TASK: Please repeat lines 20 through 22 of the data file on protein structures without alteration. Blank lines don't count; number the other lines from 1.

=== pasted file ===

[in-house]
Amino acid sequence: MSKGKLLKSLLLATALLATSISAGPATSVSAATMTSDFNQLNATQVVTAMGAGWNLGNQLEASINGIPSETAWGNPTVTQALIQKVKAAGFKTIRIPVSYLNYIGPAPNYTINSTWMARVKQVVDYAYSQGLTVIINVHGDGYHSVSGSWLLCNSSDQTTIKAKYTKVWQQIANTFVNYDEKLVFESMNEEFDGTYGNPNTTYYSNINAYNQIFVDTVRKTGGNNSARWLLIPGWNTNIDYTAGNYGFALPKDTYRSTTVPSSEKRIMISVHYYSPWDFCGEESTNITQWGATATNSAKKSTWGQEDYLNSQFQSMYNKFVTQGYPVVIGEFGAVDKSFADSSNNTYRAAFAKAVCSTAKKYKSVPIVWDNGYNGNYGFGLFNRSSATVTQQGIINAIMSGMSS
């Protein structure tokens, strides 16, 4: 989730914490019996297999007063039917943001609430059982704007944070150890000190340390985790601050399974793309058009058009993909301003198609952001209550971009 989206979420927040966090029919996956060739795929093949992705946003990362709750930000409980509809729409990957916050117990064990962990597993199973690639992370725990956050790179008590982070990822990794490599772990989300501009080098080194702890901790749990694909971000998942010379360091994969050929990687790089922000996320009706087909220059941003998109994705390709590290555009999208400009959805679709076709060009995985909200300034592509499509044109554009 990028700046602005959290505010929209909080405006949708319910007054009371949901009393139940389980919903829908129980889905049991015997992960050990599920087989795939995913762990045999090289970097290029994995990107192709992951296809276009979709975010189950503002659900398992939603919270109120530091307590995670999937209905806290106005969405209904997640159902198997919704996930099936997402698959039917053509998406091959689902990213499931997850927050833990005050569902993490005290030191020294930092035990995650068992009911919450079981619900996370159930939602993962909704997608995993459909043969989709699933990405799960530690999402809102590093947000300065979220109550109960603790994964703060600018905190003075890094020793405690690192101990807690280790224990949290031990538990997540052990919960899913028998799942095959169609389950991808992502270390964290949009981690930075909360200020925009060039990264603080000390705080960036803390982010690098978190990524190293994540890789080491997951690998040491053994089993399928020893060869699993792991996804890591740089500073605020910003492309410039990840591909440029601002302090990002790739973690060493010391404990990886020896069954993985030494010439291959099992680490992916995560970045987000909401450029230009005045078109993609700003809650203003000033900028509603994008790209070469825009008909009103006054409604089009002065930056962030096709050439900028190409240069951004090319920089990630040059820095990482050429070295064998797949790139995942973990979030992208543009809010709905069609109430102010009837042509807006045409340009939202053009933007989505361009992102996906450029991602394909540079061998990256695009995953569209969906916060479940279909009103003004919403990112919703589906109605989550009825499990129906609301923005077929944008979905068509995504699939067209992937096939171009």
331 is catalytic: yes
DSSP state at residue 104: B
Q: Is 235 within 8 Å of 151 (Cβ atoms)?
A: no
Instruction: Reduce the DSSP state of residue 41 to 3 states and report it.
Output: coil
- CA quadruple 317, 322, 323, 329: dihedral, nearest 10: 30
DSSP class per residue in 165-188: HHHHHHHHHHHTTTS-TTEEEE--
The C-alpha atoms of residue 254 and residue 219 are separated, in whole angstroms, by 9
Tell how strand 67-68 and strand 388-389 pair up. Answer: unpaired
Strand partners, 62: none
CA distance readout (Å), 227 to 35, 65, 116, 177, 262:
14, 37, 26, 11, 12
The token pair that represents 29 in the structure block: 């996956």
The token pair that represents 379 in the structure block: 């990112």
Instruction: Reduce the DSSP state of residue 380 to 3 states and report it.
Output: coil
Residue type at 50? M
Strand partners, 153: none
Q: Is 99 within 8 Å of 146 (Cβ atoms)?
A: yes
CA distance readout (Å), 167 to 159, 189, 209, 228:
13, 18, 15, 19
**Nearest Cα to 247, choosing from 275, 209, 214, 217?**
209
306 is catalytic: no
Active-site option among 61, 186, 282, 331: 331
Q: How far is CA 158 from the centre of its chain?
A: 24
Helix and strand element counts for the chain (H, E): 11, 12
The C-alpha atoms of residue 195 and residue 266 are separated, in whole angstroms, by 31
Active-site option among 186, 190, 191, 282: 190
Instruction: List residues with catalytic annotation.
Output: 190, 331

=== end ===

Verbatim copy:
Output: coil
Residue type at 50? M
Strand partners, 153: none